This was the week that playlists came back.
Until now, I haven’t needed more than one podcast or the same eight songs that have been on my Shuffle since March to get through my miles. But with my total running time topping four hours this week, I finally had cause to spend some quality time with iTunes. Right now I’m binging on WTF with Mark Maron interviews; why run alone when you can run with Amy Poehler?
This was also the week that double digits came back. I liked my PT’s suggestion of taking a cutback week soonish, but I also didn’t want to lose any of the milestone runs (16, 18, 20, 22) on my training plan for August and September. The best option seemed to be bumping my next three long run distances up; I’ve been feeling good enough that one or two more miles per week really shouldn’t wreck me. (Shouldn’t doesn’t mean won’t, but I’ve been so conservative until now that I’m hopeful.) So I ran 10 miles on Saturday instead of my planned nine, cementing my belief that I really shouldn’t even bother putting a nine-miler on a training plan, because I’ll never run it anyway.
Ten miles is my favorite distance, and it’s also the last distance I ran before the whole Sparkle Leg injury fiasco, so I was nervous — actually nervous! — about this run. I expected everything to go wrong, or maybe more accurately, I expected everything to seem to go right but then I’d wake up on Sunday with some new debilitating injury. But I did my best to relax once I actually got on the road, and my body seems to have responded by remaining in one piece. My right IT band is a little tight — actually, the left one seems tighter, but it doesn’t tend to yell at me like the right one does — but I’m spending lots of time torturing it and my cats with the foam roller and it felt good on this morning’s run. I’m being mindful of it without freaking out.
Also of note this week was spending Sunday afternoon volunteering at my tri club’s aid station at the Vineman 70.3. A bunch of my TAG teammates went on to train for Vineman post-Wildflower, and it was a blast to see them come through. This was my first race volunteering experience, and in the words of one of my fellow volunteers, I like cowbell-ing at least as much as racing. My shift started right as the bulk of the pack was coming through, and for the first 90 minutes I barely saw anything besides the tops of the water cups I was filling. But as things got a little calmer and people came through in groups of 10 and 20 rather than 50+, we turned our attention to cheering our faces off. It was a hot day, and some people were feeling rough, and I know there’s only so much that ice and pretzels and shot bloks can fix, but we did what we could. My favorite part was that, because of the long out-and-back in the middle of the run, we saw a bunch of the same runners after we had closed our station and they were several miles further along — and then saw them again as we drove past the finish. And um. You know. It just fanned the flames of certain triathlon desires.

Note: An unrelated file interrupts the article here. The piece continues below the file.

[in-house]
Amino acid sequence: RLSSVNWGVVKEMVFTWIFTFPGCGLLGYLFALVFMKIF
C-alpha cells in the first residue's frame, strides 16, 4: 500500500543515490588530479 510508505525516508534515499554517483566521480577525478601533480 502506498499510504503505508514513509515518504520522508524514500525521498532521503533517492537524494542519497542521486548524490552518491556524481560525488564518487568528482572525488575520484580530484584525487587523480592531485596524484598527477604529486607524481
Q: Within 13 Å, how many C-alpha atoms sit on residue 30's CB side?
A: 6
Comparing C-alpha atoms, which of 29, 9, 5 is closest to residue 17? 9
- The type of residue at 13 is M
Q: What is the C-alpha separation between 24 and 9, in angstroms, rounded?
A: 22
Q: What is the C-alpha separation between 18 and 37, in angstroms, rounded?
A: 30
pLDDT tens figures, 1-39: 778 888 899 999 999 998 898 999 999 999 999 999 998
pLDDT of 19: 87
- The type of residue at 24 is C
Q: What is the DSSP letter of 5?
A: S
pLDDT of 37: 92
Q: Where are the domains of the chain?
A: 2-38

But that’s for later. Here’s now.
Monday: Rest. Semi-unplanned, but we didn’t walk in the door until after midnight and my body was still on Chicago time.
Tuesday: Four miles through the Panhandle and just into the park. I always dread four-milers; adding one mile to this route also adds four stoplights, and this is the least stoplight-y route I can access from my door. I’ll be happy to bump my weekday mileage up again just to avoid this. A glorious return to yoga at night, during which I almost fell asleep in pigeon pose.
Wednesday: In the morning, 40 minutes of pool-running and a few hundred yards of swimming. The lifeguard knows my name now. Progress?
Thursday: Five miles of remembering why I prefer morning runs. I slept in and figured, hey, that’s fine, I’ll just run after work, work means I’m closer to my favorite five-mile route anyway, no big deal. Right, except my stomach hates when I run after a day of eating, so this was more like run 3.5 comfortable miles / spend the next .5 mile frantically tugging on the doors of various (locked) ferry terminals / alternately sprint and shuffle toward a Fisherman’s Wharf public bathroom / jog back.
Friday: Bonus rest day to flip my schedule back to normal after travel weeks.
Saturday: Ten miles. TEN miles. TEN MILES. I kept telling myself to take it slow, and easy, and easier — “stupid-easy” was the actual phrase. Pete and I ran the first five together, then he took the longer route back from the ocean and I headed back solo (though Pete later caught me about a mile from home). It’s still weird for me to celebrate slow splits instead of “fast” ones, but I ended up at 10:13/mile average, with all but one very downhill mile over 10. I should keep inching that slower as my runs get longer, but I’m a person with approximately three gears — sprinting, normal running, walking — so as long as it feels “stupid-easy,” I’m going to believe it’s right.
Sunday: An early bike ride around Lake Merced, 21 miles total. The wind was awful on the way out, but I knew — in that way you come to know when wind has been your nemesis throughout your rookie cycling season — that if I could just stick it out, the tailwind on the way home would feel amazing. I always think I’ll like riding around Lake Merced more than I do — it’s more crowded than I expect, even early, and there’s so much “on your left”-ing — but it’s a nice long-ish loop that requires no driving and minimal prep, so I really don’t have much to whine about.
Week Five by the Numbers
- 19 miles run, plus four more “run” in the pool
- 21 miles biked
- Two loaves of pumpkin bread baked
- Six episodes of WTF listened to
- Two or three alarms slept through
- (Only) one tank top bought at the GapFit sale, an exercise in restraint